She wanted to scream but to scream you have to breathe and she wasn’t breathing anymore, her heart was slamming her lungs too hard to allow any room.


                Then the front door clicked open, then shut.  Loud.  Not imagination.


                She choked.


                “Kasey?  Kasey, hon, where are you?”


                MOM!  Tears burst out and Kasey crawled out from under the bed, banging her head on the edge of it but not caring, and she crawled quickly toward the door, expecting to be grabbed by whatever was on the bed, and whatever that was she didn’t dare look back to see.  She tried to yell but all that came from her throat was a wheeze.  Her bedroom door was swinging slowly shut but she shoved through it and got up and ran, and she was thinking it’s a trick, it’s a mean trick until she saw her mother and flung herself at her, crying.


                “Oh, god, honey, I’m sorry!  I’m so sorry!” Mom said, hugging her hard.  “I tried to call, but I left my phone at the dealership.”  Mom crouched down and pulled Kasey to her.  “Larry, you know Larry?”


                Larry was a happy chubby guy who always joked with her.  Kasey liked him.


                “As we were leaving work, Larry had a heart attack.  I got him to my car and rushed him to the hospital, didn’t have time to get my purse or anything, it’s been craziness!”


                Kasey snuffled back her inner crybaby, trying to decide if she even wanted to admit about the playmate she’d suffered.   She thought about Larry, and if he was dead, maybe he was the playmate.  Larry would never be that mean, but maybe being dead made you mean.  You were a different person after you were dead.  “Are you okay?  Is Larry okay?”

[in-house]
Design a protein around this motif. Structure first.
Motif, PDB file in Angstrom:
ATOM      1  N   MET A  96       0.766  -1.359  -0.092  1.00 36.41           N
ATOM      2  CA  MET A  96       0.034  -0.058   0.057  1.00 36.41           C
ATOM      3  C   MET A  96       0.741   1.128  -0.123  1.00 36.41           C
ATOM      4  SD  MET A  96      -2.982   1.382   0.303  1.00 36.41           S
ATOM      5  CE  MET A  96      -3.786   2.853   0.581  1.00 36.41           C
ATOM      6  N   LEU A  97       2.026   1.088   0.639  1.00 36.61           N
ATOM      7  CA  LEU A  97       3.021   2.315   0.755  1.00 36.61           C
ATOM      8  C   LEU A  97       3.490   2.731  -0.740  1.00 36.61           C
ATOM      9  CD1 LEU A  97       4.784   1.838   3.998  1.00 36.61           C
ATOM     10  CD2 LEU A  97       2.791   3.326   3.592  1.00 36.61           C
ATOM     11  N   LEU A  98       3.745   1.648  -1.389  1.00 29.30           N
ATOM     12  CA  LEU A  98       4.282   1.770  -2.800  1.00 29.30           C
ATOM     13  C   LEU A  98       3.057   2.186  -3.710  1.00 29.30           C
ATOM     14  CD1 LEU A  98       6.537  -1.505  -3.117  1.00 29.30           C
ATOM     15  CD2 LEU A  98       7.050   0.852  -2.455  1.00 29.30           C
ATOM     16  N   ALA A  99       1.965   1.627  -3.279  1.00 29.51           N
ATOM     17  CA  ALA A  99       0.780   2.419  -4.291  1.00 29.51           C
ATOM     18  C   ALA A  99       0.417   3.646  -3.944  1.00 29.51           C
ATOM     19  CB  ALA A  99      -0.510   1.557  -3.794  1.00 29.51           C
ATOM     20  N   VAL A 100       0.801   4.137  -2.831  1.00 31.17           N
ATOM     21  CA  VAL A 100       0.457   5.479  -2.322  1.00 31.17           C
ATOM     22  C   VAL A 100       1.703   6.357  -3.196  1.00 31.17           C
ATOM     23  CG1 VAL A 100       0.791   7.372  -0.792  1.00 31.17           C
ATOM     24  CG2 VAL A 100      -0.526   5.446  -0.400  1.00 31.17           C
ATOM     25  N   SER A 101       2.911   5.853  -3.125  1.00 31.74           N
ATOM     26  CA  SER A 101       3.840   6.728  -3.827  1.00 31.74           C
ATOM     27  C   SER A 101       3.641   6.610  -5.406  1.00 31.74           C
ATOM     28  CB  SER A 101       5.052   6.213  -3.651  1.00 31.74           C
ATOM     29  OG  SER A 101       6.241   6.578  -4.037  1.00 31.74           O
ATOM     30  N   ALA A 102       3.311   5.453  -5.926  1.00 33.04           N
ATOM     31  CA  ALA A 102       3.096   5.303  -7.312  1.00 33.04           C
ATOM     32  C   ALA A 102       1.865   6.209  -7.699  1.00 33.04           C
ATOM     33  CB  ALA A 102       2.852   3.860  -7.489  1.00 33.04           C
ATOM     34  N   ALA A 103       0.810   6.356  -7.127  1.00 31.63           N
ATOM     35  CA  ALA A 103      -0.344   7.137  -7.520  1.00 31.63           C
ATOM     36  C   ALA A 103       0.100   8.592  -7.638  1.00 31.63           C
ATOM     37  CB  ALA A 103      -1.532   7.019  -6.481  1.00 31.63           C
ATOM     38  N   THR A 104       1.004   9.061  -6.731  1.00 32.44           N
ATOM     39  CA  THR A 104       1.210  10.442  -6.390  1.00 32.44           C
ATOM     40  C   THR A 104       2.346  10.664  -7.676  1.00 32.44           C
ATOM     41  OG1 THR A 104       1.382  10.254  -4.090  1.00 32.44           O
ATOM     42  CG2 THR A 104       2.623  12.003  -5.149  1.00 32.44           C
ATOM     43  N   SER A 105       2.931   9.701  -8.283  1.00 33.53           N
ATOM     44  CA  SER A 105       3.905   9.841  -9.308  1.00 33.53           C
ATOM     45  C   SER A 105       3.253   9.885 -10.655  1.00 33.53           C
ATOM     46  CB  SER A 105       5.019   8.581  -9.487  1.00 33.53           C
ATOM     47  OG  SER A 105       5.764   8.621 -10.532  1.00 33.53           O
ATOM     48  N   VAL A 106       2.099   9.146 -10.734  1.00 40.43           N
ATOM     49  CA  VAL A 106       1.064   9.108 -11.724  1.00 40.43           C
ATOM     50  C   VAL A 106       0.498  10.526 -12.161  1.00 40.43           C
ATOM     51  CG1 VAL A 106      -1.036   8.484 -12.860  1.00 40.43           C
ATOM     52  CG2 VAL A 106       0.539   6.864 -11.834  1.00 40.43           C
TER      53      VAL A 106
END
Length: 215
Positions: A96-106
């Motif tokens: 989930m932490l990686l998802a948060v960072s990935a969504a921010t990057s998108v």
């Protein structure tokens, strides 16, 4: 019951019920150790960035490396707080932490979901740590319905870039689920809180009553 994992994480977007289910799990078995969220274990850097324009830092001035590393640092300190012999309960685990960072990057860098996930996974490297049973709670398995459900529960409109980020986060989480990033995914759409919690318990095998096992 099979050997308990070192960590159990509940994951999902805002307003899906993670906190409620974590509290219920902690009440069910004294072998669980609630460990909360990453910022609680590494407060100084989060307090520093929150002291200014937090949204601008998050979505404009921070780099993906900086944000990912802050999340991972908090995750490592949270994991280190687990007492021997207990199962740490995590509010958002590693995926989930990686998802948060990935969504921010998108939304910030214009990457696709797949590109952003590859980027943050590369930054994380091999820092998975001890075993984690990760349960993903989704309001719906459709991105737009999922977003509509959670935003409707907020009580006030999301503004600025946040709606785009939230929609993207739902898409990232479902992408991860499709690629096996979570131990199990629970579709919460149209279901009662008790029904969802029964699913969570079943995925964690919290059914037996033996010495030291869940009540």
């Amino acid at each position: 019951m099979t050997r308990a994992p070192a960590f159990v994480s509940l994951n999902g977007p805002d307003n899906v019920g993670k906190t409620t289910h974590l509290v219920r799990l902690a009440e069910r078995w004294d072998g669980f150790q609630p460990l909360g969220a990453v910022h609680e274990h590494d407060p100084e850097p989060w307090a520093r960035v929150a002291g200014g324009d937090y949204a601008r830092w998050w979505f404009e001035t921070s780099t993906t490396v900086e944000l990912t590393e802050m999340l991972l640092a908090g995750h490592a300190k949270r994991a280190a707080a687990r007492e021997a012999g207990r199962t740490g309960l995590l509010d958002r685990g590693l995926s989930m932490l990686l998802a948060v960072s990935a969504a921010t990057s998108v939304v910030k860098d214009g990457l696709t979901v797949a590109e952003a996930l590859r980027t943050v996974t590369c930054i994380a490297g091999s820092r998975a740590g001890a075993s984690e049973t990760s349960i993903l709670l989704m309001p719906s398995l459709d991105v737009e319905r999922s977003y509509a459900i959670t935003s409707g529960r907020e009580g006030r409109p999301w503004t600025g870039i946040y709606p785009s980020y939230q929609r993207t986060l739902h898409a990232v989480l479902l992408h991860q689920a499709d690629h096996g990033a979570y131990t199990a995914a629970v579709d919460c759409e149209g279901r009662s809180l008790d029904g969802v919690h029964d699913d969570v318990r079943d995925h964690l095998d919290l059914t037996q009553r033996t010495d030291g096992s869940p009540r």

“Larry will be fine.  I’m fine.  It was bad but we got there in time.  Oh, honey, I’m sorry, I just got so wrapped up, I couldn’t think.  I worried about you but I kept thinking I’d be able to leave any minute, but things kept dragging out.  It was close, but they got Larry in, put a stent in him.  He’ll probably need more, but he was okay, he was joking and worrying about you more than himself, kept telling me to go home.  But I had to be sure he’d be okay before I could leave.  He needed me there, or I thought he did…”


                “Of course, I understand,” Kasey said.  Mom kissed her.


                “Were you really scared?”


                No sense lying.  “Yes.  I called a bunch of times.  I didn’t know what happened to you.”


                “I know, I can imagine how scary that was, I am so, so sorry.  I know you’re a big girl now, but that was a lot to put you through.  And with a storm and all.  Today was nuts!”


                Kasey nodded.  “And the house was being creepy.”


                “Old houses are always creepy in the rain.  I am so sorry, honey.  Look, tomorrow I’ll take off work, we’ll let you skip school, and we’ll go visit Larry in the hospital and then we’ll do whatever you want.  Okay?”


                “Okay.”  Kasey was so buoyant with relief she didn’t care about anything else.  The playmate felt gone now.  Maybe she’d just scared herself.  Maybe she’d imagined everything.  It seemed stupid now.


                “Come on, let’s get me some dinner,” Mom sighed, hanging up her raincoat.  “I am starved.  Did you eat your sandwich?”   Kasey nodded.  “Maybe I’ll fix us both some spaghetti.  Sound good?”


                Kasey nodded, following her mom to the kitchen, glancing at her bed.  It was empty.  Maybe it’d always been.


                In the kitchen, she peeked into her mom’s bedroom.  Empty.  Her mom got out pots and pans.


                “Okay, young lady, what’s the idea of putting your dirty socks on the table?  We eat there!  That’s gross!” Mom said, and Kasey turned to see her mother holding up a Garfield sock while, deeper in the house, the guest bedroom door slammed, like someone who’d had a toy taken away was having a tantrum.






                                                                                   THE    END